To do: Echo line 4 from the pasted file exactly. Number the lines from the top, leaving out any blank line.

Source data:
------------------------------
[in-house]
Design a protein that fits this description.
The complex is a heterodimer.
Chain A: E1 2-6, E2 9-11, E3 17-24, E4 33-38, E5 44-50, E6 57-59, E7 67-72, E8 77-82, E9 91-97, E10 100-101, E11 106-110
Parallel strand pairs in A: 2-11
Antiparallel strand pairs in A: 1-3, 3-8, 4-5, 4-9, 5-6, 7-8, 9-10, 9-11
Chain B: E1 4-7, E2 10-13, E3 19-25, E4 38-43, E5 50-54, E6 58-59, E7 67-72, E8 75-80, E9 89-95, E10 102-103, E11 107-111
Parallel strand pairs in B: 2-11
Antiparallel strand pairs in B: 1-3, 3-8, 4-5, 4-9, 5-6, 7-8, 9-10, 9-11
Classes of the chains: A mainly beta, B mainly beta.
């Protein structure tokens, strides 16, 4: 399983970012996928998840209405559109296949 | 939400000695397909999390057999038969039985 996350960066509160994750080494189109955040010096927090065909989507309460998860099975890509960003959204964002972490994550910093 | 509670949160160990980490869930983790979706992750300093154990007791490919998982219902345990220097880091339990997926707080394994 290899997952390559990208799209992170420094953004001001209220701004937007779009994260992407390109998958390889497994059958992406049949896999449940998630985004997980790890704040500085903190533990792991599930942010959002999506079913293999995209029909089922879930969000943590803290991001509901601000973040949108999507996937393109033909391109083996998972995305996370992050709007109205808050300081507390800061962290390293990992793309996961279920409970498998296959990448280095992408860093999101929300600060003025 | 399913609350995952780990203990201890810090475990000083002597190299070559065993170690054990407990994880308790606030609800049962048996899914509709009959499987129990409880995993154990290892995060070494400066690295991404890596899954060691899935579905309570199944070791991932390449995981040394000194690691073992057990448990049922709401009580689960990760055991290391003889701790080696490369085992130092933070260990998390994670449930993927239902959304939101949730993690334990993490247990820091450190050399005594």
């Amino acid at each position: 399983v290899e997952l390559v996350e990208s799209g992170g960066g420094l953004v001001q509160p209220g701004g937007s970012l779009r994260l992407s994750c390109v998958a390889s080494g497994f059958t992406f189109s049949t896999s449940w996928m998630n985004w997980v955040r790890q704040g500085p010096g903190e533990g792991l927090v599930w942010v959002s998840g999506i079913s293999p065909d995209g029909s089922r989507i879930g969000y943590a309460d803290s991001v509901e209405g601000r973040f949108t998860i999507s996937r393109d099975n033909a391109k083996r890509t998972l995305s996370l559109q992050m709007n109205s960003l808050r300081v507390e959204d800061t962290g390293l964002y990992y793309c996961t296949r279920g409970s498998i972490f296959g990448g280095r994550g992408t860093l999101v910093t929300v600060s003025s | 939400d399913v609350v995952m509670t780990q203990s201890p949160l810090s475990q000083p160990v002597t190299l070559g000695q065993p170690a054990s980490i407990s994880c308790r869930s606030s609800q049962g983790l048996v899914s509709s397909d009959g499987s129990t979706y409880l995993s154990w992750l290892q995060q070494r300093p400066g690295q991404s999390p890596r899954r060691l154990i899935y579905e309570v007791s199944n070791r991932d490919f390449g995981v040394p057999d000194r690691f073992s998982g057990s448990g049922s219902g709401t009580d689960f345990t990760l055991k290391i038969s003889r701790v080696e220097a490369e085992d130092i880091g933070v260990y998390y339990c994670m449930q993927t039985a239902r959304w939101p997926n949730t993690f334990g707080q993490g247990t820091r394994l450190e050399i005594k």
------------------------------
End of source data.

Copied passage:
Chain A: E1 2-6, E2 9-11, E3 17-24, E4 33-38, E5 44-50, E6 57-59, E7 67-72, E8 77-82, E9 91-97, E10 100-101, E11 106-110